A Blunted Sickle - Thread II

5th January 1942
In Copenhagen, the German Plenipotentiary Cécil von Renthe-Fink is invited to Christian VIII's Palace first thing in the morning for “urgent discussions on matters of mutual interest”. On arrival, he is met by both the King and the Prime Minister Thorvald Stauning. There, he is invited to surrender the German forces in Denmark to the Danish government and told that if he does not the Danish government will take “military action” to remove them from Danish soil. He is given until 6am tomorrow to reply.

Wavell warns I Corps (Cunningham) to prepare invest Berlin, while the remaining troops are to head for the Polish border as fast as possible. The Corps artillery will be left with Cunningham's men, partially because of the petrol situation and partially because he is by far the most likely to need it.
In early evening the Humber armoured cars belonging to Recce Platoon, 2 Royal Sussex make contact with elements if II Corps just outside Prötzel. This in theory completes the encirclement of Berlin, although in practice the forces to the east of Berlin are largely patrols rather than a continuous line.

The improving petrol situation allows Alexander's men to start moving again, albeit much more slowly than has been possible for First or Fourth Armies. They slowly start to push south and east into much more broken, wooded terrain against resistance which varies from desultory to non-existent.

Meanwhile, the French advance has picked up even more speed, thanks largely to their supply situation being far better than that of the British. Frankfurt and Stuttgart are both surrounded and entered by patrols, who find little but bed sheets hanging from windows and deserted streets to greet them.
Meanwhile, the rest of the forces are advancing as fast as they can towards their real objectives. The northern force surrounding Frankfurt splits in two, with Touchon's men wheeling left towards Fulda and the British 2nd Army. At the same time Giraud's men head eastwards towards Würzburg, following the valley of the river Main for the most part due to heavy snow on the higher ground. To the south, Requin's men head towards Göppingen, with the intention to reach the Danube at Ulm shortly afterwards. Going here is much slower, due to a combination of the heavily urbanised terrain and the French forces on the right flank having a much poorer allocation of motor transport than those on the left which have been carrying the main effort of fighting the war to date. This is planned to change, with four full armies slated to be transferred to the south to support the occupation of Bavaria, but already lots of bets are being placed as to whether this will ever happen before the end of the war.

Work begins on the Beauharnois plant to install 500MW of additional generation capacity to the existing dam (which was designed from the start in anticipation of additional turbines being fitted), and to reinforce the high voltage power lines to Montreal to take the increased power output. This work is expected to be finished by September.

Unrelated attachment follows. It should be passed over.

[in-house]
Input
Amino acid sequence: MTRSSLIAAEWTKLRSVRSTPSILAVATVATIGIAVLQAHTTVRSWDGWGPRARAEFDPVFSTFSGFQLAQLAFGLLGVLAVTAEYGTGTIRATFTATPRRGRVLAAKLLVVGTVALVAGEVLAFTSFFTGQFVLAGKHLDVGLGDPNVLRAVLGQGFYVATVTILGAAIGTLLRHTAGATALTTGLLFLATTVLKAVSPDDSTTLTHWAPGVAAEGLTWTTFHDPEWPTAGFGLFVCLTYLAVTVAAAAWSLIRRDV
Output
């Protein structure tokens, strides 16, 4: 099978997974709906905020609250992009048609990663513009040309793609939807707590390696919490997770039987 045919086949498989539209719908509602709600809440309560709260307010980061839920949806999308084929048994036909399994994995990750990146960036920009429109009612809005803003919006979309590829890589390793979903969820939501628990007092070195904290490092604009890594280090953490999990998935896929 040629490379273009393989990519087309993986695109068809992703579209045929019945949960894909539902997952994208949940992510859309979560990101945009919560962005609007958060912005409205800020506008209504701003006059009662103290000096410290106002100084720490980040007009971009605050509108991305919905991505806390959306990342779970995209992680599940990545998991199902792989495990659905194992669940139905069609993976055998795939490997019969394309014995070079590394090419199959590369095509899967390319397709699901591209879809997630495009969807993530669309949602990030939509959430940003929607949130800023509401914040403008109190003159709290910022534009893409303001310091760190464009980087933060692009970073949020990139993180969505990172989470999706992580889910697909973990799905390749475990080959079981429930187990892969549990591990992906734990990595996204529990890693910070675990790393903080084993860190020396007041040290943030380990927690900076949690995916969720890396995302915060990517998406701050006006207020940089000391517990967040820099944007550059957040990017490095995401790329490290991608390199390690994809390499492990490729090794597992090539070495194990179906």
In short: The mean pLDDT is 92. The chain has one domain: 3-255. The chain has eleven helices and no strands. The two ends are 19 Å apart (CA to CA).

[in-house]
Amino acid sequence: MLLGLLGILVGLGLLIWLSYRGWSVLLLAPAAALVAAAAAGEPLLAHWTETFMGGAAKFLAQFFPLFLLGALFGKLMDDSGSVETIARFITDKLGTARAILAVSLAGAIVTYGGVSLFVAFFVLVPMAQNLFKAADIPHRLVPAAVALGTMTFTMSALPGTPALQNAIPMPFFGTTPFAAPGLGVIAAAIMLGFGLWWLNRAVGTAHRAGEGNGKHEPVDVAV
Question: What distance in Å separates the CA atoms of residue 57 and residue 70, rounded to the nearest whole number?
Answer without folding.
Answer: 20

This is officially needed for the new war industries being built around Montreal which will require a great deal of additional electricity in the near future, and an expected postwar economic boom. These will all be connected by a new high-voltage spine being built along the St Lawrence, and the expansion is in fact mainly intended to support the new uranium enrichment plant to be built there.
One problem here for the Allies is that the more German territory they conquer, the more civilians they have to feed and keep an eye on in terms of law and order, etc.
Plus there's the question of what the heck counts as legal currency (edit: in occupied areas) as the Nazi one presumably crashes very fast?
 
One problem here for the Allies is that the more German territory they conquer, the more civilians they have to feed and keep an eye on in terms of law and order, etc.
Plus there's the question of what the heck counts as legal currency (edit: in occupied areas) as the Nazi one presumably crashes very fast?
Less of a problem than iOTL.

The Norwegians, Dutch and (sort of) the Belgians still have functioning governments, and the first two kept control of portions of their nations. The Danes had their currency tied to the Reichmark 1-1, but it was still *their* currency. So what's left is Luxembourg, Germany, Austria and Poland.
 
^^^^If Nazi control of Denmark is that flacid, then they aren't likely to make any effort to feed civilians anyways. The Danes are on their own either way, for a time. Might the Swedes help some?
 
^^^^If Nazi control of Denmark is that flacid, then they aren't likely to make any effort to feed civilians anyways. The Danes are on their own either way, for a time. Might the Swedes help some?
I wouldn't call it flacid, I'd call it light. Hitler's opinion on the Danes was that they were Aryan, they had "willingly" accepted German control. The Danes at this point may be eating better than the Germans, with food in storage, but little fuel to transport it and certainly no worse.

I have little doubt that the F/S union will help with both Denmark and Norway when the Nazis in each country surrender. Stockholm is not *that* much in the dark as to what is going on and the Nazis are not going to get in the way of an invitation by the Danish PM for a meeting with the Swedish Ambassador.